THE POSSESSION (2012)

Editor’s Note: This was originally published for FANGORIA on August 31, 2012, and we’re proud to share it as part of The Gingold Files.


The Possession is a far more generic title than the film’s original moniker The Dibbuk Box, and it’s a transition reflected in the movie itself. What starts out with a fairly distinctive scenario and threat eventually segues into overly familiar territory, though not without occasional chilling pleasures along the way.

The dibbuk box (or dybbuk box) is an object from ancient Jewish folklore, crafted to contain a dark spirit that desires to attach itself to a human host (typically someone pure and vulnerable) in order to take over and assume that person’s life. The dibbuk has only been seen intermittently in movies over the years, most recently in the Coen Brothers’ A Serious Man (where it was played by Fyvush Finkel) and David S. Goyer’s underwhelming The Unborn (see review here). Like Idris Elba’s minister in the latter film, coincidentally, one of The Possession’s principals is a basketball coach—in this case Clyde Brenek (Jeffrey Dean Morgan), who is recently divorced from his wife Stephanie (Kyra Sedgwick) and sharing custody of their daughters, teen Hannah (Madison Davenport) and younger Emily (Natasha Calis). While Hannah deals with her parents’ separation in typical surly fashion, Em remains closer to her dad, so he’s happy to buy the ominous-looking box for her after she discovers it at a yard sale.

From a prologue involving the box’s previous owner, and a moment where she goes into a fit upon seeing Em taking it away, it’s clear the thing is bad news, and Em’s subsequent possession by the demon within it proceeds with as much inevitability as suspense. More captivating are the lived-in-feeling relationships between the Brenek family, which gives the movie a character-oriented grounding for the horrors to come. Morgan, generally seen in more antagonistic parts in films like Watchmen and The Resident, is sympathetic as a father trying to sustain a bond with Em and Hannah while he and Stephanie are growing apart, and he and Sedgwick have a chemistry that puts across a palpable sense of married history.

The fractured circumstances of the Brenek family also make it more believable that Clyde and Stephanie would mistake the early signs of Em’s infestation by evil for pre-adolescent acting out. The girl stabs Clyde in the hand with a fork at the dinner table, clings, er, possessively to the box and reacts with undue violence when a classmate (Quinn Lord from Trick ’R Treat and In Their Skin) tries to sneak it away from her. There’s also a strange insect outbreak at Clyde’s new house, one of the few occupied homes in a new development (which also gives The Possession something in common with last week’s The Apparition, to which this is certainly superior), providing an early bit of skin-crawlingness for anyone not enamored of bugs.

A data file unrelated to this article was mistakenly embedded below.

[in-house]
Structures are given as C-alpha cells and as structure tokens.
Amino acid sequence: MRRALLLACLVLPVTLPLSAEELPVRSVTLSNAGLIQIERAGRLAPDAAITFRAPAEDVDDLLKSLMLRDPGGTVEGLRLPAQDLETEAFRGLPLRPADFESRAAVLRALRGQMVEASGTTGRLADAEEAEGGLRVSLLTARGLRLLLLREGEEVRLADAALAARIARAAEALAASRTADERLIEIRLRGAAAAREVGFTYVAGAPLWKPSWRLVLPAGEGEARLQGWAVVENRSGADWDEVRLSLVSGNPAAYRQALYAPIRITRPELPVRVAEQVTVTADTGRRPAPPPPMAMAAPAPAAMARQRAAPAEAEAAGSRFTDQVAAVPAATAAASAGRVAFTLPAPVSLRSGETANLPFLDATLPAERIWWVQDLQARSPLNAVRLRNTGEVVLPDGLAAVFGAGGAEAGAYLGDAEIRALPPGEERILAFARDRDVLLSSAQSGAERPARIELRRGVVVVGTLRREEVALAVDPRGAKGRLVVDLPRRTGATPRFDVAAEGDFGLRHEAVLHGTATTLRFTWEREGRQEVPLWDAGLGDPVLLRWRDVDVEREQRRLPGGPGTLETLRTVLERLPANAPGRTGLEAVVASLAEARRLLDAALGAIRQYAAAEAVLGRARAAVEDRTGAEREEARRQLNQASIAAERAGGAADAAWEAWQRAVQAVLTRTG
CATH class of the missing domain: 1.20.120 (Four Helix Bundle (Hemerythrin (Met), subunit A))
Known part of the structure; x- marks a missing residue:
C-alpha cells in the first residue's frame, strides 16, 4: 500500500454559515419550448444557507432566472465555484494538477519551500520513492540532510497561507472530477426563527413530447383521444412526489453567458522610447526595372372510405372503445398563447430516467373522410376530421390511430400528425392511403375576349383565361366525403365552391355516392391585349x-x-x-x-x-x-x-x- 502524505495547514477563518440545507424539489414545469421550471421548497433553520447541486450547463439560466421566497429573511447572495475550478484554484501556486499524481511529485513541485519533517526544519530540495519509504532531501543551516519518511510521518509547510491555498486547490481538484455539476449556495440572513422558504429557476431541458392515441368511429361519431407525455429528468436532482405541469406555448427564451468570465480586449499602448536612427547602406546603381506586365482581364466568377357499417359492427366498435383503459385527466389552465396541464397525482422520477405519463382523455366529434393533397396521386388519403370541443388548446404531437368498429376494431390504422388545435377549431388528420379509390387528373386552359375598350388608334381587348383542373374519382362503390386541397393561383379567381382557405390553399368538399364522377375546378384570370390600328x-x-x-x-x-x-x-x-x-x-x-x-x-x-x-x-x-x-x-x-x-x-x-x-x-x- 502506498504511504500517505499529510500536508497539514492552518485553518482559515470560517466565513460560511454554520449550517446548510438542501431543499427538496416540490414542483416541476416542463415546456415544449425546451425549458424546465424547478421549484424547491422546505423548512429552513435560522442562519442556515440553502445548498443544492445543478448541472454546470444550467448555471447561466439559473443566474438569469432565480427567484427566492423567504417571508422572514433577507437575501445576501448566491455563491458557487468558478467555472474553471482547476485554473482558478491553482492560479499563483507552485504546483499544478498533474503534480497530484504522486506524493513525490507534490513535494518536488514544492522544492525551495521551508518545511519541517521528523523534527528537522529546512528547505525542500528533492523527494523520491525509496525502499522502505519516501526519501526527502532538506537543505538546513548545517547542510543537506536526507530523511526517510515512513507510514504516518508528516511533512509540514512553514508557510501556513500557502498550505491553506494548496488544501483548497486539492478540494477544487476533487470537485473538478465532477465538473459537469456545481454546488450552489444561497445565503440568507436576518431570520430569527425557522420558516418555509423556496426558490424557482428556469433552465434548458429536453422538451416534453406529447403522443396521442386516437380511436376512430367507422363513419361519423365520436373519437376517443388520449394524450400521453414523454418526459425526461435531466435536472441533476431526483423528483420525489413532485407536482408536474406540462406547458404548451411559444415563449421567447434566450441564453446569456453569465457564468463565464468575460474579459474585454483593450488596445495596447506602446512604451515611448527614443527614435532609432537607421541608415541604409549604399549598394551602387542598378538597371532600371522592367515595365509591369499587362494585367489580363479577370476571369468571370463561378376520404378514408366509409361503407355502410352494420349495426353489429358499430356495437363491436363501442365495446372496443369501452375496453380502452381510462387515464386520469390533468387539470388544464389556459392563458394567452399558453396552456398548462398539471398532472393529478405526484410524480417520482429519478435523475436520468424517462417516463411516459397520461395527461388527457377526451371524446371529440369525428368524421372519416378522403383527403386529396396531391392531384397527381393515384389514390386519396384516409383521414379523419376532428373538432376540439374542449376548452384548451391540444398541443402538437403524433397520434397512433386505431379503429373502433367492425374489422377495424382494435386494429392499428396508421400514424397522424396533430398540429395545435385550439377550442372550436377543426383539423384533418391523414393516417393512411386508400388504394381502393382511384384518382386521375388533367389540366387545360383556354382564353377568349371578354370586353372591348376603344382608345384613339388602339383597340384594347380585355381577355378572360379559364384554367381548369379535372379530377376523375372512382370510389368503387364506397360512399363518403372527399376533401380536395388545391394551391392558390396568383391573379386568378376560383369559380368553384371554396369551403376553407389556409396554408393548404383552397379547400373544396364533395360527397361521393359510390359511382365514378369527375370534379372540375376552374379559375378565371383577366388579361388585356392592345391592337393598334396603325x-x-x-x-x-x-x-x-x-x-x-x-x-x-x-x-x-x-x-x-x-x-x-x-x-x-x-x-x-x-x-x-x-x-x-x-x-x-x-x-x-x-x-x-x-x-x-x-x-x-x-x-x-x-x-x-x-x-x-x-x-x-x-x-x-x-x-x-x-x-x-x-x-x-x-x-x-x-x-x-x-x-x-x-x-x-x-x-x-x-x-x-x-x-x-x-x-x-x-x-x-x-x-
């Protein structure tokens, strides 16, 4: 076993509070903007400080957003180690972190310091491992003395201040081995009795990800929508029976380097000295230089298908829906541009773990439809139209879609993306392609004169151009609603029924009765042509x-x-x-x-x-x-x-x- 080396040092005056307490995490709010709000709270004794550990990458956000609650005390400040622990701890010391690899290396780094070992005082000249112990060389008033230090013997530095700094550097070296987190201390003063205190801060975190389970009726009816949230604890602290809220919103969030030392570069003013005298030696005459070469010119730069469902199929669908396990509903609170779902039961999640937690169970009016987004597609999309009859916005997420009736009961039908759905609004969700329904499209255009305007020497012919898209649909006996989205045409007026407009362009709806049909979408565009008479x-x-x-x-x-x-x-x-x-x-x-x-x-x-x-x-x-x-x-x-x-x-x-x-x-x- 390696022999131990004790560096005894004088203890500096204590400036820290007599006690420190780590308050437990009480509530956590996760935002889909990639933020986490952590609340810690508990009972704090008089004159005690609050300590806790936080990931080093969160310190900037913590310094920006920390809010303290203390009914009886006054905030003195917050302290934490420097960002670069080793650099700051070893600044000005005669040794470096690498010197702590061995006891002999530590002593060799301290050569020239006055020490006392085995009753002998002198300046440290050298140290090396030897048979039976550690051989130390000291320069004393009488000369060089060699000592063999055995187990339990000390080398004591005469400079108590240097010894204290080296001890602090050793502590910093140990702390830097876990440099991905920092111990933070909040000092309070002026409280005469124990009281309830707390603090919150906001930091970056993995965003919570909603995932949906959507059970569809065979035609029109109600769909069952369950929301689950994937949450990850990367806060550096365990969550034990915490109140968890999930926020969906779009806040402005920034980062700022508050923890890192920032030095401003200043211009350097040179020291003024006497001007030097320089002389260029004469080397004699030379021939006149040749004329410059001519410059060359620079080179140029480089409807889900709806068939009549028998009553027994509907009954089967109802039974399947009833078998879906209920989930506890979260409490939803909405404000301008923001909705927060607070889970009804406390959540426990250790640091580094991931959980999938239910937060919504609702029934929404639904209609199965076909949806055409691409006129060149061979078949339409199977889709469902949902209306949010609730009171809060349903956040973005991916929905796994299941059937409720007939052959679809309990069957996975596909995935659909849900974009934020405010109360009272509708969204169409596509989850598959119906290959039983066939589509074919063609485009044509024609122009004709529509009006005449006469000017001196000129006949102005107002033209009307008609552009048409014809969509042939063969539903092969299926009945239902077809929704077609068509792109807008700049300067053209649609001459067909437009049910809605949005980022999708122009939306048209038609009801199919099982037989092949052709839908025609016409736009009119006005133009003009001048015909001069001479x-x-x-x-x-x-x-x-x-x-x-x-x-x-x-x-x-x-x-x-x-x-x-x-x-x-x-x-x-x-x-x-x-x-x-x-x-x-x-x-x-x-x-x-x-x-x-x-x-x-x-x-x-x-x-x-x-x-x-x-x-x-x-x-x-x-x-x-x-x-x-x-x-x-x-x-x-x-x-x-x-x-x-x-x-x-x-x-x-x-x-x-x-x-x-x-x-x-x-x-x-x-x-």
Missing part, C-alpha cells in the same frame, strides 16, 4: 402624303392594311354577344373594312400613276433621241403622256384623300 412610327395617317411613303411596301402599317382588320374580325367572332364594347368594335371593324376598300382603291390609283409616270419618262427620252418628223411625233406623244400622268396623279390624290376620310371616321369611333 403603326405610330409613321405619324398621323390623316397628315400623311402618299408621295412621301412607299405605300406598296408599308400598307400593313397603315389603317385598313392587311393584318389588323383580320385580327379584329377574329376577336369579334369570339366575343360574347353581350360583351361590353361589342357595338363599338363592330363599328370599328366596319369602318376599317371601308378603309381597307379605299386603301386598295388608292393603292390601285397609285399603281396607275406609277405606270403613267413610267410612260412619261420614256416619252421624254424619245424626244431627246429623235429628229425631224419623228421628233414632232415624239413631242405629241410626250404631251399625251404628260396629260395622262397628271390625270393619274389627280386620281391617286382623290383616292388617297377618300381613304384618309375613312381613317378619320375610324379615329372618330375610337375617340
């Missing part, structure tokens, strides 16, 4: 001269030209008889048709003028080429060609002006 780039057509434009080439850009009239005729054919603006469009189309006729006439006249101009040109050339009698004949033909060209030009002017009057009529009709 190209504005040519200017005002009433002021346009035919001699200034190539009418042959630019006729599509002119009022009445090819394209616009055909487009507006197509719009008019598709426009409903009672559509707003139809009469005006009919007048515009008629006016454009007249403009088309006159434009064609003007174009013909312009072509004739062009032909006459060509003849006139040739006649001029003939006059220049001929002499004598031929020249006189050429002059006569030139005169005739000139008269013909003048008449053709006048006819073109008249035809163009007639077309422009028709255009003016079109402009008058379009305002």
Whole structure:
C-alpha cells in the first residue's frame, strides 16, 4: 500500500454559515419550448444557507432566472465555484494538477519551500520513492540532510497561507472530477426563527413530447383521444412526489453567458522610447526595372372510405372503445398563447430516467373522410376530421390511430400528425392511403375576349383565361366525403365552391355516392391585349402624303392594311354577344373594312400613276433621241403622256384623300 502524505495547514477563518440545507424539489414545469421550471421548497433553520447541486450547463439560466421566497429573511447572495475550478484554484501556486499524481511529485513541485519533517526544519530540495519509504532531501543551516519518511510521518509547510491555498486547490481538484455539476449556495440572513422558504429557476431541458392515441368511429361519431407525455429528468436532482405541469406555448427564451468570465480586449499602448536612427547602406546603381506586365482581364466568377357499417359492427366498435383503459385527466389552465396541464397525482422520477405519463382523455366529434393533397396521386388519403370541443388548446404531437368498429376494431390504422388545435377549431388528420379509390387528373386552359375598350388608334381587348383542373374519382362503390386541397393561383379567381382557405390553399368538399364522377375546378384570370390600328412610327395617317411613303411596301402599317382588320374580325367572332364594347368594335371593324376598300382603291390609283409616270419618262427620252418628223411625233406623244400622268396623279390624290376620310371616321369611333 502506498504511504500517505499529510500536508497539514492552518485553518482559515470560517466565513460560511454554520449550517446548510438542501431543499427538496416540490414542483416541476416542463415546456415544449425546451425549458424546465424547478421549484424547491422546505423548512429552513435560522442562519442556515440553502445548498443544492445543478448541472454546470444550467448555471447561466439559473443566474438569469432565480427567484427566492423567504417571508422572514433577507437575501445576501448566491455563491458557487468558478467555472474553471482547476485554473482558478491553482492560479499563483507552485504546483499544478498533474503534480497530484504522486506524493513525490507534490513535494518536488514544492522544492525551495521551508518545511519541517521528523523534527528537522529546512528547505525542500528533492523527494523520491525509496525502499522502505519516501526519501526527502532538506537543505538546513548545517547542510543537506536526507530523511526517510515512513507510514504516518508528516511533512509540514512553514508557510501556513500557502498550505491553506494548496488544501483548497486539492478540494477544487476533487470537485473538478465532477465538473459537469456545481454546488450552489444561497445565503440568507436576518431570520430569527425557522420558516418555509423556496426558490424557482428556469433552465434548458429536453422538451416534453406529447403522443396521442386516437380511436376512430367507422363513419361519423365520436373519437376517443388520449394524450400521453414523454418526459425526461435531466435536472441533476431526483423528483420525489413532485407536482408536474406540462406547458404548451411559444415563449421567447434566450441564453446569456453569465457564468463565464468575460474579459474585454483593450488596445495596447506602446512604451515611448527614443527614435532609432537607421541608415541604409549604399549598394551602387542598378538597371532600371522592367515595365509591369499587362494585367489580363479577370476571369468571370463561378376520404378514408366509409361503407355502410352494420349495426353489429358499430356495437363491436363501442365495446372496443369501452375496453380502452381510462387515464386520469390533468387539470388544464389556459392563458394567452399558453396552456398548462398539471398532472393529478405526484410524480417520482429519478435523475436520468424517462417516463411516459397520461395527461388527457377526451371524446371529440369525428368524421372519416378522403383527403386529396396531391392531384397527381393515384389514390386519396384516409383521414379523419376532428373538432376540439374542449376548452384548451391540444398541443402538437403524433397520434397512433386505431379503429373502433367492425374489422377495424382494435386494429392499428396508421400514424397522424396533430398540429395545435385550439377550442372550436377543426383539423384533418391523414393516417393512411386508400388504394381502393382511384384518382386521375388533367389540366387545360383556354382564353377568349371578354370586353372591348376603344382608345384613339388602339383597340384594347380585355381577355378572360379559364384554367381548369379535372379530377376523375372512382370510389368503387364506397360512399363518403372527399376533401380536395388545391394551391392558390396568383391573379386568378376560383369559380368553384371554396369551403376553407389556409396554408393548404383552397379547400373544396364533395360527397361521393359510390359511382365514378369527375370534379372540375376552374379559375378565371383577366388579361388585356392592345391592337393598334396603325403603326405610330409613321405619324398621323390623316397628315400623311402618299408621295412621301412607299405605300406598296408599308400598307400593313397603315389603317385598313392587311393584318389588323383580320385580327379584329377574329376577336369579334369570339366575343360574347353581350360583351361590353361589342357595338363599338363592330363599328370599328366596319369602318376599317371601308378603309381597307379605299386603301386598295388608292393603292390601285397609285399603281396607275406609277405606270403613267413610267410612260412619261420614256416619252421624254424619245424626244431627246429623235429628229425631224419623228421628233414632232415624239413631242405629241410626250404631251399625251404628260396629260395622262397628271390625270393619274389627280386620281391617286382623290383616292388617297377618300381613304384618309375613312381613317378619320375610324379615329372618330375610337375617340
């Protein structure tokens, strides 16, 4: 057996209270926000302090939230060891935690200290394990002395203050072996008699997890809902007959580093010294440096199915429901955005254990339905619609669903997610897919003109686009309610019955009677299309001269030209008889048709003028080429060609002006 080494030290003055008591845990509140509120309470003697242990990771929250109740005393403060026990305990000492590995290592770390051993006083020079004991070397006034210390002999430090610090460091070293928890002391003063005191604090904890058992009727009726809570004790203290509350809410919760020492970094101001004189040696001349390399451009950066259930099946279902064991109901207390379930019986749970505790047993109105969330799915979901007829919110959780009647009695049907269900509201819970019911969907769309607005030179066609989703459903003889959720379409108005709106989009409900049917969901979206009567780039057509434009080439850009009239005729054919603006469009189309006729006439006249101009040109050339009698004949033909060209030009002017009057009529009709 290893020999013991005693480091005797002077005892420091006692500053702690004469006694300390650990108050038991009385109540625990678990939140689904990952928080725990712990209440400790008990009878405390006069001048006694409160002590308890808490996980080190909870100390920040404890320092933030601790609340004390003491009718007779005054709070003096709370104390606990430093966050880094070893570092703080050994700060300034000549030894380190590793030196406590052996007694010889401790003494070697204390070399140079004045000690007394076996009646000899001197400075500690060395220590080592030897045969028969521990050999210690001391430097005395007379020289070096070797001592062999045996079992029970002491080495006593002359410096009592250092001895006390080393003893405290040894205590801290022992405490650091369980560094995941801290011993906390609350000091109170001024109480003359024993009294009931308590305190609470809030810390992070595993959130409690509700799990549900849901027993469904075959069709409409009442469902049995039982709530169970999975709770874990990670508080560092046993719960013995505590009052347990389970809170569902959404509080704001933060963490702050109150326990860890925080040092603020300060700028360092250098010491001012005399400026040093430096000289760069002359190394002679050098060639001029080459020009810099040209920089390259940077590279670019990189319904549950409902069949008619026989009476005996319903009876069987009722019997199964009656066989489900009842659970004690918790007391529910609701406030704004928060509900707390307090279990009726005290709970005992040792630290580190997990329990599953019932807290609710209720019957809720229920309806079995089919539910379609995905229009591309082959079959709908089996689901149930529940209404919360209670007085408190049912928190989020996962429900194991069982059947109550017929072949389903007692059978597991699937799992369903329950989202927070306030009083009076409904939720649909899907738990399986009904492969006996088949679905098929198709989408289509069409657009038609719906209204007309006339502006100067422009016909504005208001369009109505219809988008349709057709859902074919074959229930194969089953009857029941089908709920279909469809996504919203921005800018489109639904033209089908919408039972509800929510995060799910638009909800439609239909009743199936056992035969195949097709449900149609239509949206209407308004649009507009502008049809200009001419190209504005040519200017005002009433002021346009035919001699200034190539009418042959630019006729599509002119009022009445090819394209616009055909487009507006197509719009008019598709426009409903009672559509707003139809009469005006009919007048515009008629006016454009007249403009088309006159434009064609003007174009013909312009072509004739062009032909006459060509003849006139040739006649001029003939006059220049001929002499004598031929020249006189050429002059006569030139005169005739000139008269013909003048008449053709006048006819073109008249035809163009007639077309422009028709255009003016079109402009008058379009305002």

The more the screenplay by Juliet Snowden and Stiles White (whose credits include Boogeyman, like this movie a production of Sam Raimi and Rob Tapert’s Ghost House Films) goes on, though, the more the story’s conventional attributes begin to get in the way of our investment in the Breneks’ plight. Veteran Canadian character actor Jay Brazeau, as Clyde’s professor friend, brings a welcome note of self-conscious humor to the inevitable exposition scene, but we’ve seen Em’s eventual symptoms too many times before for them to have the impact they should. When they become severe enough that they spur Clyde to action, he heads out to seek assistance from the Jewish community and winds up in a rather laughable recreation of Borough Park, Queens, its streets teeming with Hasidim who seem to be on the verge of bursting into a musical number. Fittingly enough, Clyde’s savior appears in the person of Tzadok, a rabbi’s son played by Hasidic rap/reggae star Matisyahu, who’s introduced listening to music on his iPod and agrees to help rid Em of the spirit tormenting her.

The Possession’s third act incorporates a good, eerie visual when the girl is given an Em-RI, and director Ole Bornedal stages the climactic action with vigor—almost enough to distract from the fact that it takes place in the most depopulated hospital since Halloween II. Bornedal’s direction in general is attuned to emotion and avoids sensationalism, emphasizing wide, eerie frames over showy cutting and camerawork. Anton Sanko’s music has its moody/powerful moments as well, though the ominous piano note played repeatedly over transitional cuts to black (kind of a somber variation on Law & Order’s chung-chung) becomes an unintentional running gag. Everyone involved with The Possession clearly aimed to make something with dramatic weight as opposed to mere exploitation, and it would be good to see them reteam on a project that doesn’t get tripped up by déja vù. Certainly, one wants to see further appearances by young Calis, who very convincingly conveys both the possessed Em’s nasty side while also allowing us to see and feel for the terrified child who’s still in there.

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